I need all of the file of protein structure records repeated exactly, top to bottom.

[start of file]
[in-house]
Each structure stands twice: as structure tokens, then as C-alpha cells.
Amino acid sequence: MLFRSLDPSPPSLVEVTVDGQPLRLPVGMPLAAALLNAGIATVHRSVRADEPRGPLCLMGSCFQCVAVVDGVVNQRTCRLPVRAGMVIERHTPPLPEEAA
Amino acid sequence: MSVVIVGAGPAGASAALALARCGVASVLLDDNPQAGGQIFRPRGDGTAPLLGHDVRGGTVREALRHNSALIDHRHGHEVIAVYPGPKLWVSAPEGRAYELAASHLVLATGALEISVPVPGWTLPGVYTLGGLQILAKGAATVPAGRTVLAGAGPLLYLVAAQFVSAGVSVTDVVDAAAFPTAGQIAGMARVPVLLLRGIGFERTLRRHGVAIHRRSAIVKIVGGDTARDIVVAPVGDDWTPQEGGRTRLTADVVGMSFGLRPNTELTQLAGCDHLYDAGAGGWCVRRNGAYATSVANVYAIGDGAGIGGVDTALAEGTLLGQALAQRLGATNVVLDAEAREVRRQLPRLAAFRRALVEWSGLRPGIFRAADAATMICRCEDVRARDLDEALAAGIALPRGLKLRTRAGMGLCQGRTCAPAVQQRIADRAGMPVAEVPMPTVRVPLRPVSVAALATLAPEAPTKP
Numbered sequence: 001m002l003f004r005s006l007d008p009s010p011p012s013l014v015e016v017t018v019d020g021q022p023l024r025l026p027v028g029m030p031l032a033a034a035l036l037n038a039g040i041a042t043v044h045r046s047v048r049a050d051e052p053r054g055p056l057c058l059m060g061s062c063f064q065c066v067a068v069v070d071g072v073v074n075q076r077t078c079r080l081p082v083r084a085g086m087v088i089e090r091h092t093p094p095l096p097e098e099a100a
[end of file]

[in-house]
Each structure stands twice: as structure tokens, then as C-alpha cells.
Amino acid sequence: MLFRSLDPSPPSLVEVTVDGQPLRLPVGMPLAAALLNAGIATVHRSVRADEPRGPLCLMGSCFQCVAVVDGVVNQRTCRLPVRAGMVIERHTPPLPEEAA
Amino acid sequence: MSVVIVGAGPAGASAALALARCGVASVLLDDNPQAGGQIFRPRGDGTAPLLGHDVRGGTVREALRHNSALIDHRHGHEVIAVYPGPKLWVSAPEGRAYELAASHLVLATGALEISVPVPGWTLPGVYTLGGLQILAKGAATVPAGRTVLAGAGPLLYLVAAQFVSAGVSVTDVVDAAAFPTAGQIAGMARVPVLLLRGIGFERTLRRHGVAIHRRSAIVKIVGGDTARDIVVAPVGDDWTPQEGGRTRLTADVVGMSFGLRPNTELTQLAGCDHLYDAGAGGWCVRRNGAYATSVANVYAIGDGAGIGGVDTALAEGTLLGQALAQRLGATNVVLDAEAREVRRQLPRLAAFRRALVEWSGLRPGIFRAADAATMICRCEDVRARDLDEALAAGIALPRGLKLRTRAGMGLCQGRTCAPAVQQRIADRAGMPVAEVPMPTVRVPLRPVSVAALATLAPEAPTKP
Numbered sequence: 001m002l003f004r005s006l007d008p009s010p011p012s013l014v015e016v017t018v019d020g021q022p023l024r025l026p027v028g029m030p031l032a033a034a035l036l037n038a039g040i041a042t043v044h045r046s047v048r049a050d051e052p053r054g055p056l057c058l059m060g061s062c063f064q065c066v067a068v069v070d071g072v073v074n075q076r077t078c079r080l081p082v083r084a085g086m087v088i089e090r091h092t093p094p095l096p097e098e099a100a